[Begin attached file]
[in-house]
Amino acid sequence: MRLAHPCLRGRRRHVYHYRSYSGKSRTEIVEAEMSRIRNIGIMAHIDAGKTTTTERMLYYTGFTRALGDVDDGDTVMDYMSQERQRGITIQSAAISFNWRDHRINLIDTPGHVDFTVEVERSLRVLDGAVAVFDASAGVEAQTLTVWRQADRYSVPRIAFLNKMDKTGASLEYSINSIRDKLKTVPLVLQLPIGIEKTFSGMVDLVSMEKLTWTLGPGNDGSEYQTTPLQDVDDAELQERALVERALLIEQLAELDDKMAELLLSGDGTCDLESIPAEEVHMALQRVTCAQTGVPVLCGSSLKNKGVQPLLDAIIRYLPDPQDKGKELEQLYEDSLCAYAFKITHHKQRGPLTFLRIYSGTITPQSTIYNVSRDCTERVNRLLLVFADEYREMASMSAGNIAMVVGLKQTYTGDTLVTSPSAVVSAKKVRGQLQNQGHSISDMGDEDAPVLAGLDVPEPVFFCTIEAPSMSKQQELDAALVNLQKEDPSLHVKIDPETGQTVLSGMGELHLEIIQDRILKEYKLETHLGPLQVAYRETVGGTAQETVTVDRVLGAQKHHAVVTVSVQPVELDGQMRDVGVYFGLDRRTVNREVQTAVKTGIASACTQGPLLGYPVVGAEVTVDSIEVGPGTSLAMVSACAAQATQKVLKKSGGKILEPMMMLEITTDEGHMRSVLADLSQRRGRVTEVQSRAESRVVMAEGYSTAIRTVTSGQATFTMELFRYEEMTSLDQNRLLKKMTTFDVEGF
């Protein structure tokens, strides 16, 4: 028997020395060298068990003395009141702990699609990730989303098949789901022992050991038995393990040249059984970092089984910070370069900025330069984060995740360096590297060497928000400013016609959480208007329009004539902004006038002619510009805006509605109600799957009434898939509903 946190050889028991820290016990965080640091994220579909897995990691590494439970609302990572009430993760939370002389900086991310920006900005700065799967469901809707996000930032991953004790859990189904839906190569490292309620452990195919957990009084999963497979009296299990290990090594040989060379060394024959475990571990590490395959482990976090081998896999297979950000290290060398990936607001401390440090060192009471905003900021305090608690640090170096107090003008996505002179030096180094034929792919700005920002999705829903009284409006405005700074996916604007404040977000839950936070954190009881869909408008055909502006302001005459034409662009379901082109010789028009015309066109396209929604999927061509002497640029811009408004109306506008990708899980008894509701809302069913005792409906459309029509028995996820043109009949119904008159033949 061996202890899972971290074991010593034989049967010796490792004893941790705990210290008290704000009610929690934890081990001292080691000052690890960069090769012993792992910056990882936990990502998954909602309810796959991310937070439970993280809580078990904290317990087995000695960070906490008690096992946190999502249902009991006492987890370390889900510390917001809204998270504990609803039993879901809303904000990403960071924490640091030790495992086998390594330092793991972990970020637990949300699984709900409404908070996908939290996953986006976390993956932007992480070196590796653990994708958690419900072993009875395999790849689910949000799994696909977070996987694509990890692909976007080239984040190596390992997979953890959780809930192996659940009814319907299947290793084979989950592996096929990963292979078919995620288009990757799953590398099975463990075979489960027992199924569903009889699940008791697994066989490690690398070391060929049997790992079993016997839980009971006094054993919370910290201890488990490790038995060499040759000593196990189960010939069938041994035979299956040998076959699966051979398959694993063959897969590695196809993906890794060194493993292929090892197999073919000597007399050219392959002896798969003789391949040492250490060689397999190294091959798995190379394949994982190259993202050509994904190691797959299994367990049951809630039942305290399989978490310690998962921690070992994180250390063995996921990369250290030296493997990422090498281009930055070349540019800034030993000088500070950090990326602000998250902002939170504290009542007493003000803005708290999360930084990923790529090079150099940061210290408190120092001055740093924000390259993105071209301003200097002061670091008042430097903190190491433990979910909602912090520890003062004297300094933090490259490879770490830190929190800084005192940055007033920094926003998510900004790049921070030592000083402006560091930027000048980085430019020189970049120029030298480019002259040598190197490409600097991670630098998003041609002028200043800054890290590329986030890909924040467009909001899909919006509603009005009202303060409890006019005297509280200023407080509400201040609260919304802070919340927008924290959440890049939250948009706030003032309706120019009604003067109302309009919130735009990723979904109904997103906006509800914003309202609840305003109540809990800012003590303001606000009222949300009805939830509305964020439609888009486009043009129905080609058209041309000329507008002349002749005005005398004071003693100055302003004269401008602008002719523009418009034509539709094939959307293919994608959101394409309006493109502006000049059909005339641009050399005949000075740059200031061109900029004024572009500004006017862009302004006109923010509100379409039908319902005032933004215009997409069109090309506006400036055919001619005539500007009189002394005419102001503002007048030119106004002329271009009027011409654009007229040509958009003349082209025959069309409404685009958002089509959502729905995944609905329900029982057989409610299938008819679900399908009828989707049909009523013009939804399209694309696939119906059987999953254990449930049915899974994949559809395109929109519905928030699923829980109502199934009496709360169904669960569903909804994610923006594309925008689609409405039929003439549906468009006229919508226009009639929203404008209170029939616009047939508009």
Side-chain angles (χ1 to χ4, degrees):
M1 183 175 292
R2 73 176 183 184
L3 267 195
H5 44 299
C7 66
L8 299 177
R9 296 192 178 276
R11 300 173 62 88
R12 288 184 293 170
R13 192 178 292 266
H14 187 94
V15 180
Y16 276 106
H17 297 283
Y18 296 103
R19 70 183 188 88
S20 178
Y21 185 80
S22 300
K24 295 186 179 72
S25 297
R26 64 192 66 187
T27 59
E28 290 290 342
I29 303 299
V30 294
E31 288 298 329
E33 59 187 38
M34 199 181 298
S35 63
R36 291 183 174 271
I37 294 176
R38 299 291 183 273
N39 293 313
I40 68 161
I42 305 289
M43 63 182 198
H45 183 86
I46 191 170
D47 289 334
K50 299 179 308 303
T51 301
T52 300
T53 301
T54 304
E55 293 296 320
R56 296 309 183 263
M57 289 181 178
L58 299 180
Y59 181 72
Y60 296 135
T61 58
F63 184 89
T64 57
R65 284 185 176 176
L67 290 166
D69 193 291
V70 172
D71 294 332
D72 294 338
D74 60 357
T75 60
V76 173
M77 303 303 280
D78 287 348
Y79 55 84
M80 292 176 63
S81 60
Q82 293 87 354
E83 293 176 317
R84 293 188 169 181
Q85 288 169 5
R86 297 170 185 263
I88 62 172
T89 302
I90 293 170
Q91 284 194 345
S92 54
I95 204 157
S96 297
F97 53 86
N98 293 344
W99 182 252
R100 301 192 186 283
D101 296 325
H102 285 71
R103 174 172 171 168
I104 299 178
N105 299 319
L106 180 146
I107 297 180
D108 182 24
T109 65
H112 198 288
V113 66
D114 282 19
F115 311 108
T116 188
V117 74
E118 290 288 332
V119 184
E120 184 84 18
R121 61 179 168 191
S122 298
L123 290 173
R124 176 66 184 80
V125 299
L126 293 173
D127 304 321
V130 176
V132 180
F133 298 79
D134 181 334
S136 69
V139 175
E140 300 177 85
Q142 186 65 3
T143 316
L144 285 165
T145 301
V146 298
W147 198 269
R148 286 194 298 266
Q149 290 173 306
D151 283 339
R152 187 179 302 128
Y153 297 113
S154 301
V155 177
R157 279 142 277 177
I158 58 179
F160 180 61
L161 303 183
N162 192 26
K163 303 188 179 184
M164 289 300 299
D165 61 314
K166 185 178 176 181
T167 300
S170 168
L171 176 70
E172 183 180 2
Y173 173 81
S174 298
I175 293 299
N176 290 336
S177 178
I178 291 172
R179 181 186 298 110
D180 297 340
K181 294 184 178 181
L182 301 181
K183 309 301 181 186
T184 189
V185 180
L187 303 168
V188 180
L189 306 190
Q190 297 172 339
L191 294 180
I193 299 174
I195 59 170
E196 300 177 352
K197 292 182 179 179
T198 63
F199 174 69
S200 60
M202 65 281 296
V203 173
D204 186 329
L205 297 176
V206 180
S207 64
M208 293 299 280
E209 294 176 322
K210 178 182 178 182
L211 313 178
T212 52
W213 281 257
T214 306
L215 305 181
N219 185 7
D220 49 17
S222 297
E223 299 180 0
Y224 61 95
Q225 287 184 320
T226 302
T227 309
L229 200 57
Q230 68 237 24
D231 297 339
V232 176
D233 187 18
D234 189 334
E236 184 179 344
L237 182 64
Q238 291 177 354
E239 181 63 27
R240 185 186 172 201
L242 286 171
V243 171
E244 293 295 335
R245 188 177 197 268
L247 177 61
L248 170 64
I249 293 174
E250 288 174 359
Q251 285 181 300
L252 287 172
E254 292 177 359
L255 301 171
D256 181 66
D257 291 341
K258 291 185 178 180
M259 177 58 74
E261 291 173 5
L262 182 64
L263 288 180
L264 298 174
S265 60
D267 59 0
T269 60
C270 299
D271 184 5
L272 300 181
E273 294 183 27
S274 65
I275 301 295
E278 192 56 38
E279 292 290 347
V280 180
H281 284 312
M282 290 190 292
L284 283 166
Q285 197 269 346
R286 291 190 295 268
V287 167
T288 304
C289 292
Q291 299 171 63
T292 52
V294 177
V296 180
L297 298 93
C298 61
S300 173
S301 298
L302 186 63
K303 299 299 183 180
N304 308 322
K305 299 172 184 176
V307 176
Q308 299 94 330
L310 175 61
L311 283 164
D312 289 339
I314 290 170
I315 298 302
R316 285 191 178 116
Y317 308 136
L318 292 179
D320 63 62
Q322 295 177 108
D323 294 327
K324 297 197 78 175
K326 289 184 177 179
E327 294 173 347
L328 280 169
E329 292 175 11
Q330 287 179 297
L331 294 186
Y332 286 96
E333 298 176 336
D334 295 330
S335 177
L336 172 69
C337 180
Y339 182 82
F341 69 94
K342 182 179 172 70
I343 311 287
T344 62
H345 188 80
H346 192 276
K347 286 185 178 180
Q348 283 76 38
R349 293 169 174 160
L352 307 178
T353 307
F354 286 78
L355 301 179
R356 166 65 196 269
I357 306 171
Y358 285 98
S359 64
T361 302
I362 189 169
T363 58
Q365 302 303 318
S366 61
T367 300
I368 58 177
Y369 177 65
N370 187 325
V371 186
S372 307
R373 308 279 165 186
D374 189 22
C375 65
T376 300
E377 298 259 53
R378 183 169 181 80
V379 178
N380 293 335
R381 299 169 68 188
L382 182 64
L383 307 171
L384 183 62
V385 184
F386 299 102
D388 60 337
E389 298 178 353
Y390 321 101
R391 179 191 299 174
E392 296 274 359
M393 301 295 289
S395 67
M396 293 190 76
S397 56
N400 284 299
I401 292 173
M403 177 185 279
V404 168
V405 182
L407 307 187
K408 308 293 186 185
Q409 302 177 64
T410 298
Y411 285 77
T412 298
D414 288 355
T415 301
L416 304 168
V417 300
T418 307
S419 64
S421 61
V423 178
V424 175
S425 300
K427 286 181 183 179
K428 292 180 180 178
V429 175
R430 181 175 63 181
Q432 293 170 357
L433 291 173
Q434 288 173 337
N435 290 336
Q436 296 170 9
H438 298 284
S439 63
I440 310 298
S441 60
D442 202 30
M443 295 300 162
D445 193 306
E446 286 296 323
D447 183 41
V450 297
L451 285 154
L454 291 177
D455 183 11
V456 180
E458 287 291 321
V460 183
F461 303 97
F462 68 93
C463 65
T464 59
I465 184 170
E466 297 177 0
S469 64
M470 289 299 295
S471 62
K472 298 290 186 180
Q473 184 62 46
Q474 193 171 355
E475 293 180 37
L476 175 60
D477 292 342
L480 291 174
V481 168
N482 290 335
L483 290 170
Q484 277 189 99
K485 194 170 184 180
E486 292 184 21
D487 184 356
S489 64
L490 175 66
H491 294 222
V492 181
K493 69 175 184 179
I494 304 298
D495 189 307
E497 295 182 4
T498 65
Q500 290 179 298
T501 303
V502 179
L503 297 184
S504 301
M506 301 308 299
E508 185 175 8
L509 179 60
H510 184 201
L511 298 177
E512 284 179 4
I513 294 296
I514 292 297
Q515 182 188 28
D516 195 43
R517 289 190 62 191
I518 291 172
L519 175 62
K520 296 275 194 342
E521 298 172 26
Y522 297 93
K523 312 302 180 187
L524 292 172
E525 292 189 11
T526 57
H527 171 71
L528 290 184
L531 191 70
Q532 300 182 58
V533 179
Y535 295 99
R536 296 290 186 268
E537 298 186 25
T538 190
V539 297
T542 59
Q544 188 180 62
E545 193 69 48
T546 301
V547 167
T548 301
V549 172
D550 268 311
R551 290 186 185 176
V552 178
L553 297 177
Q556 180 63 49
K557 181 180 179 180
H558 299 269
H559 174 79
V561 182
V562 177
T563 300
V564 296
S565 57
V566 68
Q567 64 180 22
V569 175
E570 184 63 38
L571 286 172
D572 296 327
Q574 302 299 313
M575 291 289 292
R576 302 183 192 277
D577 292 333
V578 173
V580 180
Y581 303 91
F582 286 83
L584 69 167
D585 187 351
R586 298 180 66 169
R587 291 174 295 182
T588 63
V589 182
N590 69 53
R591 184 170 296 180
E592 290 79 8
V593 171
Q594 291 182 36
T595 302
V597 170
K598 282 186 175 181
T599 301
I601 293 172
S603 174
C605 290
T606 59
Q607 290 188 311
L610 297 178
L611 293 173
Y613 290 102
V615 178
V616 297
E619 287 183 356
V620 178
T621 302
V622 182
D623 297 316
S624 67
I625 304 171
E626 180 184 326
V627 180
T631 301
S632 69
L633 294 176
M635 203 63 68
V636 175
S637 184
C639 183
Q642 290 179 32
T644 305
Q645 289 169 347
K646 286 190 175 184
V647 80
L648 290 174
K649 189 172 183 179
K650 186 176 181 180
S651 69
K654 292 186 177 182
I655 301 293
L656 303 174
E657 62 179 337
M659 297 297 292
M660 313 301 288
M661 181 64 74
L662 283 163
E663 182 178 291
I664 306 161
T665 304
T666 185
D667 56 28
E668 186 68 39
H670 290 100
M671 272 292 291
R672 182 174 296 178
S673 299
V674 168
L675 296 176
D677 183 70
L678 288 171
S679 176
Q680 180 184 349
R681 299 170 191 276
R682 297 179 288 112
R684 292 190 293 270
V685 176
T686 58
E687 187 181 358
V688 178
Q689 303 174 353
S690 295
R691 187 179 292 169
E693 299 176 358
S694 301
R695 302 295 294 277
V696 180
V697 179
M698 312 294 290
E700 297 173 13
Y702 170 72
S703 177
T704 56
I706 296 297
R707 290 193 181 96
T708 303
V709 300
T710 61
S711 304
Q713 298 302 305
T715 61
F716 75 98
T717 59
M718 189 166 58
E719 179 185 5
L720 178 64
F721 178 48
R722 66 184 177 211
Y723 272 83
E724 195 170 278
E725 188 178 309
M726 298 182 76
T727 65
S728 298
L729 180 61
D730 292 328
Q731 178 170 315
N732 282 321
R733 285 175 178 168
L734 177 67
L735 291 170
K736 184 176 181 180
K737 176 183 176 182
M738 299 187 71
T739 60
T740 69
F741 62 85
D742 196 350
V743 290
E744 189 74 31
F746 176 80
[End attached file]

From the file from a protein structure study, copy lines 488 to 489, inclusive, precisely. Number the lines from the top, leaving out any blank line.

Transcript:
N590 69 53
R591 184 170 296 180